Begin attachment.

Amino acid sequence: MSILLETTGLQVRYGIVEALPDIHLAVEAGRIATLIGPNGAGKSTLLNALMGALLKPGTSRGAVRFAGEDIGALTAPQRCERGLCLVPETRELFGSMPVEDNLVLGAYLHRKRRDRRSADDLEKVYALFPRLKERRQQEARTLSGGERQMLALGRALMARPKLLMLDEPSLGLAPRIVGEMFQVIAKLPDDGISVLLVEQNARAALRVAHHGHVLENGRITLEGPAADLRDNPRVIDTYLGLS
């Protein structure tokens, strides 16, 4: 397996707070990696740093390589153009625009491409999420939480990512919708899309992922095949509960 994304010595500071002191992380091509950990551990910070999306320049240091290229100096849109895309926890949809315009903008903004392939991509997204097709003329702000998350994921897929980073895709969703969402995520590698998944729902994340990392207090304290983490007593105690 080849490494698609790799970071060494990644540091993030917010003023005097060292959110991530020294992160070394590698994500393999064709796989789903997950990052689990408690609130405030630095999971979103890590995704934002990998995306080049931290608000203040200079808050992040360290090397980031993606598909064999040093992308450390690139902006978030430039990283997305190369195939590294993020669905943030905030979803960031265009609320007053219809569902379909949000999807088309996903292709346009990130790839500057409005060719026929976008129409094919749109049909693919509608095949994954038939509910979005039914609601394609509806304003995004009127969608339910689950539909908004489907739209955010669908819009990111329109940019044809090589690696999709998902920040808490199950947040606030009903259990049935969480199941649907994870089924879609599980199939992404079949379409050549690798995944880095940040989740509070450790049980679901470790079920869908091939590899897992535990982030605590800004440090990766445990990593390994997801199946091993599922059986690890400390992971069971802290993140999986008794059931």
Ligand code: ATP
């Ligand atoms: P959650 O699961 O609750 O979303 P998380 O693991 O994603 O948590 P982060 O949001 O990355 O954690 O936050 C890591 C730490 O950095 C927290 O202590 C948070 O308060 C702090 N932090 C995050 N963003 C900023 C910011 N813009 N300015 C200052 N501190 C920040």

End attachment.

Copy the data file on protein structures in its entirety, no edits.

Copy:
Amino acid sequence: MSILLETTGLQVRYGIVEALPDIHLAVEAGRIATLIGPNGAGKSTLLNALMGALLKPGTSRGAVRFAGEDIGALTAPQRCERGLCLVPETRELFGSMPVEDNLVLGAYLHRKRRDRRSADDLEKVYALFPRLKERRQQEARTLSGGERQMLALGRALMARPKLLMLDEPSLGLAPRIVGEMFQVIAKLPDDGISVLLVEQNARAALRVAHHGHVLENGRITLEGPAADLRDNPRVIDTYLGLS
């Protein structure tokens, strides 16, 4: 397996707070990696740093390589153009625009491409999420939480990512919708899309992922095949509960 994304010595500071002191992380091509950990551990910070999306320049240091290229100096849109895309926890949809315009903008903004392939991509997204097709003329702000998350994921897929980073895709969703969402995520590698998944729902994340990392207090304290983490007593105690 080849490494698609790799970071060494990644540091993030917010003023005097060292959110991530020294992160070394590698994500393999064709796989789903997950990052689990408690609130405030630095999971979103890590995704934002990998995306080049931290608000203040200079808050992040360290090397980031993606598909064999040093992308450390690139902006978030430039990283997305190369195939590294993020669905943030905030979803960031265009609320007053219809569902379909949000999807088309996903292709346009990130790839500057409005060719026929976008129409094919749109049909693919509608095949994954038939509910979005039914609601394609509806304003995004009127969608339910689950539909908004489907739209955010669908819009990111329109940019044809090589690696999709998902920040808490199950947040606030009903259990049935969480199941649907994870089924879609599980199939992404079949379409050549690798995944880095940040989740509070450790049980679901470790079920869908091939590899897992535990982030605590800004440090990766445990990593390994997801199946091993599922059986690890400390992971069971802290993140999986008794059931």
Ligand code: ATP
């Ligand atoms: P959650 O699961 O609750 O979303 P998380 O693991 O994603 O948590 P982060 O949001 O990355 O954690 O936050 C890591 C730490 O950095 C927290 O202590 C948070 O308060 C702090 N932090 C995050 N963003 C900023 C910011 N813009 N300015 C200052 N501190 C920040």